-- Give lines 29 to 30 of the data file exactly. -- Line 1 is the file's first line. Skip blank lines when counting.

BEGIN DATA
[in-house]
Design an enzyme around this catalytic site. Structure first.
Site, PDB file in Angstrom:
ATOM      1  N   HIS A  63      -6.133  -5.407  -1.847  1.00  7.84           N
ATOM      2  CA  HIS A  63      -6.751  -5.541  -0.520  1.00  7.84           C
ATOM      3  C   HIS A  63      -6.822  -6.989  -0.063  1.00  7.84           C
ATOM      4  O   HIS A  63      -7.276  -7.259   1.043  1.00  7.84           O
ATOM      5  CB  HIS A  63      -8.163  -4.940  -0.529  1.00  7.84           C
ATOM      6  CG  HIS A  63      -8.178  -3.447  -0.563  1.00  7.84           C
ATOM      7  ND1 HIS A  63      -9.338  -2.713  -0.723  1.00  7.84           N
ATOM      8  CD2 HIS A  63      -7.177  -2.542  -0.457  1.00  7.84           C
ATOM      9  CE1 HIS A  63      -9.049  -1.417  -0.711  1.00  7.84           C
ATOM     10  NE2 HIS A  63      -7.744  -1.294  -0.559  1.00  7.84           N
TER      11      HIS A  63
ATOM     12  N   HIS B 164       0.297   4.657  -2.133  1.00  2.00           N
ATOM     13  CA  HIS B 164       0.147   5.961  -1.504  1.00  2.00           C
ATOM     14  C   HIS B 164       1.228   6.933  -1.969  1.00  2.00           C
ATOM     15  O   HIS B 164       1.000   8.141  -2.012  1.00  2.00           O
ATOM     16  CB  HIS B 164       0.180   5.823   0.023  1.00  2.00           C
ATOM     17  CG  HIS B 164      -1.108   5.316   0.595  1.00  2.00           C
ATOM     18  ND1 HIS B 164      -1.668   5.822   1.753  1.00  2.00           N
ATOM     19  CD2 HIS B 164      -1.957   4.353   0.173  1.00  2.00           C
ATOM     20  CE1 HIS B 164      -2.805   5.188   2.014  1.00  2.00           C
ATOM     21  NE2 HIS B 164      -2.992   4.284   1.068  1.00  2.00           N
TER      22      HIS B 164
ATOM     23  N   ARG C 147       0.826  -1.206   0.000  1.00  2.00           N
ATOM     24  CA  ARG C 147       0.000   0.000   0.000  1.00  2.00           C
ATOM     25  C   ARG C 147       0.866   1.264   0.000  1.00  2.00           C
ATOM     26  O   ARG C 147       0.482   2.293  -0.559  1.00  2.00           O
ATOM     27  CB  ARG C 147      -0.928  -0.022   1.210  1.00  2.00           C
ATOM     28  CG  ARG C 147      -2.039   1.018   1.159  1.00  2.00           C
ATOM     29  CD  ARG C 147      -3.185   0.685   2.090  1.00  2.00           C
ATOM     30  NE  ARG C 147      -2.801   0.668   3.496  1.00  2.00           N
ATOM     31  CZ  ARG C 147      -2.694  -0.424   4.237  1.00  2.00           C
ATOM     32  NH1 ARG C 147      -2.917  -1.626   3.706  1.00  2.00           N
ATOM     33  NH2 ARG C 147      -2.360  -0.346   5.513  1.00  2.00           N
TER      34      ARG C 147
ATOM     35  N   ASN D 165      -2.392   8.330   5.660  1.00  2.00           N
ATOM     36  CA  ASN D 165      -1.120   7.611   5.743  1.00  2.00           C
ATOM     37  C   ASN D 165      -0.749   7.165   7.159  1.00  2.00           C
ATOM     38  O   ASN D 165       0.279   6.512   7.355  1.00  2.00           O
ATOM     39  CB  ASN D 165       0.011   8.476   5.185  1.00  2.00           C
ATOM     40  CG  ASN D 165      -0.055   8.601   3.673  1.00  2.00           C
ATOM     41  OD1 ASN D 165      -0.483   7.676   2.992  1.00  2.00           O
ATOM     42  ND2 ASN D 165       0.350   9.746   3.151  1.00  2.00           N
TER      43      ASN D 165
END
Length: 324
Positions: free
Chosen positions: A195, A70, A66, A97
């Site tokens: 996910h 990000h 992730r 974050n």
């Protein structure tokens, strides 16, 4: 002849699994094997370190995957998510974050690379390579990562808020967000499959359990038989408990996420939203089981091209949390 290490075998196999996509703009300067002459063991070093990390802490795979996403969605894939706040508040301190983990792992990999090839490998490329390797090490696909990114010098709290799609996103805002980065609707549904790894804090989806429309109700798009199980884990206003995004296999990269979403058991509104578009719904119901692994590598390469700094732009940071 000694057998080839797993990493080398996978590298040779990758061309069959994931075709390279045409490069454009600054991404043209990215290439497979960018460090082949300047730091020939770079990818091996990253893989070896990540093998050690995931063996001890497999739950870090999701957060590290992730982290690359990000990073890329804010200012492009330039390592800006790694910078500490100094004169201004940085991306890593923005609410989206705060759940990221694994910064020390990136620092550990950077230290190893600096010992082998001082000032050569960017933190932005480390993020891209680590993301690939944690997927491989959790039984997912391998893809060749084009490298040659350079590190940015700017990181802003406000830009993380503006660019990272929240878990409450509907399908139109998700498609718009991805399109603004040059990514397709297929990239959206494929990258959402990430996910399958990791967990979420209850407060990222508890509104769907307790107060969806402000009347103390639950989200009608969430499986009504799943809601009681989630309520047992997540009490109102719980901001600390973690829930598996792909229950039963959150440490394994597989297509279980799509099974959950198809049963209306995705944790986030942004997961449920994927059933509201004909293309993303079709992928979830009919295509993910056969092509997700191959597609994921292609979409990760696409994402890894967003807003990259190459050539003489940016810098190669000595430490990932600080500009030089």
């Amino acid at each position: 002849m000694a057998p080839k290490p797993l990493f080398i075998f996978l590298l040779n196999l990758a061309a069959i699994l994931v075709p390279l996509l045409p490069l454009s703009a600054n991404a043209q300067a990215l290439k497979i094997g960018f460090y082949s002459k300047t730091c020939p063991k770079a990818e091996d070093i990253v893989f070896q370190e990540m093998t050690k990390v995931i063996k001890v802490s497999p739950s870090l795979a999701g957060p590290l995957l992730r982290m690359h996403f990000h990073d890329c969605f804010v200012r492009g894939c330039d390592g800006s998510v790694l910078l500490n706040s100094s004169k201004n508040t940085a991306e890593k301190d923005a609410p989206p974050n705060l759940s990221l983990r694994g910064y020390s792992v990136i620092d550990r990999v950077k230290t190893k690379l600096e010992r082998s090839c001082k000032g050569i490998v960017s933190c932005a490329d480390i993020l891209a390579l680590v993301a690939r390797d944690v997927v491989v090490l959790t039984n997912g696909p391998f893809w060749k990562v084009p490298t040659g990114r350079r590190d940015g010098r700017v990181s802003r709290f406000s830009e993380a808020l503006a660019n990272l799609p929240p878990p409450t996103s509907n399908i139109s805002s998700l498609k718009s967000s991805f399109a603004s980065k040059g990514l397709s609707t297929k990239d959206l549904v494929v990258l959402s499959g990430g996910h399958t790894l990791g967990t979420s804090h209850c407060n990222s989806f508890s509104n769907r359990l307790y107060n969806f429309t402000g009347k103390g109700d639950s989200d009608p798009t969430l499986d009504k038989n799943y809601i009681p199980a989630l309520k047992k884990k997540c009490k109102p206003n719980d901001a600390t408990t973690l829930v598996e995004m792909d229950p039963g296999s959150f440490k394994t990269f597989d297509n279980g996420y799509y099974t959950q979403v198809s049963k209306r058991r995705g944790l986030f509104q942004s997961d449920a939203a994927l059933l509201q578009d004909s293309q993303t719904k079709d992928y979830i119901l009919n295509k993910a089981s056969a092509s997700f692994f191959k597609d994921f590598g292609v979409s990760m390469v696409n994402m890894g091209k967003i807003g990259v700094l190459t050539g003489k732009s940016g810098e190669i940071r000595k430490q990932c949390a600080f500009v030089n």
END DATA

ATOM     26  O   ARG C 147       0.482   2.293  -0.559  1.00  2.00           O
ATOM     27  CB  ARG C 147      -0.928  -0.022   1.210  1.00  2.00           C